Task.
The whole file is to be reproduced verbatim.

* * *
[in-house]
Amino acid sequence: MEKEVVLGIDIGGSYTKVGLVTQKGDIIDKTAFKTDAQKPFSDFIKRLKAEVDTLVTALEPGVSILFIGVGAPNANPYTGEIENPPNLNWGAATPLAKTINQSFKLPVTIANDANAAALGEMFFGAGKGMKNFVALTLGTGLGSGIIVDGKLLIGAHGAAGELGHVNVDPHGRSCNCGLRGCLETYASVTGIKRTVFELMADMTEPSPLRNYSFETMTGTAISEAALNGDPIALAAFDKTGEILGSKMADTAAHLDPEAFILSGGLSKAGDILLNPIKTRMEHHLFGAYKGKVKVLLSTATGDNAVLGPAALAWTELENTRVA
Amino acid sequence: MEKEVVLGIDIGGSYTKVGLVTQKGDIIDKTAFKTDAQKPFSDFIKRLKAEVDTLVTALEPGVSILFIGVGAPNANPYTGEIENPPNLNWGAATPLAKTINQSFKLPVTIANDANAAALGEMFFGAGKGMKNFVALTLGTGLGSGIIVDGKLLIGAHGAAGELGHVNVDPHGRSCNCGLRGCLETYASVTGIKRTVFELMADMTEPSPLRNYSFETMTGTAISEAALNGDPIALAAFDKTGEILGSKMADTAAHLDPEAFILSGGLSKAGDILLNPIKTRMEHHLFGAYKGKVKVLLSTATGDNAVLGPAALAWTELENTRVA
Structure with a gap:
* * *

[in-house]
Amino acid sequence: MEKEVVLGIDIGGSYTKVGLVTQKGDIIDKTAFKTDAQKPFSDFIKRLKAEVDTLVTALEPGVSILFIGVGAPNANPYTGEIENPPNLNWGAATPLAKTINQSFKLPVTIANDANAAALGEMFFGAGKGMKNFVALTLGTGLGSGIIVDGKLLIGAHGAAGELGHVNVDPHGRSCNCGLRGCLETYASVTGIKRTVFELMADMTEPSPLRNYSFETMTGTAISEAALNGDPIALAAFDKTGEILGSKMADTAAHLDPEAFILSGGLSKAGDILLNPIKTRMEHHLFGAYKGKVKVLLSTATGDNAVLGPAALAWTELENTRVA
Amino acid sequence: MEKEVVLGIDIGGSYTKVGLVTQKGDIIDKTAFKTDAQKPFSDFIKRLKAEVDTLVTALEPGVSILFIGVGAPNANPYTGEIENPPNLNWGAATPLAKTINQSFKLPVTIANDANAAALGEMFFGAGKGMKNFVALTLGTGLGSGIIVDGKLLIGAHGAAGELGHVNVDPHGRSCNCGLRGCLETYASVTGIKRTVFELMADMTEPSPLRNYSFETMTGTAISEAALNGDPIALAAFDKTGEILGSKMADTAAHLDPEAFILSGGLSKAGDILLNPIKTRMEHHLFGAYKGKVKVLLSTATGDNAVLGPAALAWTELENTRVA
Structure with a gap: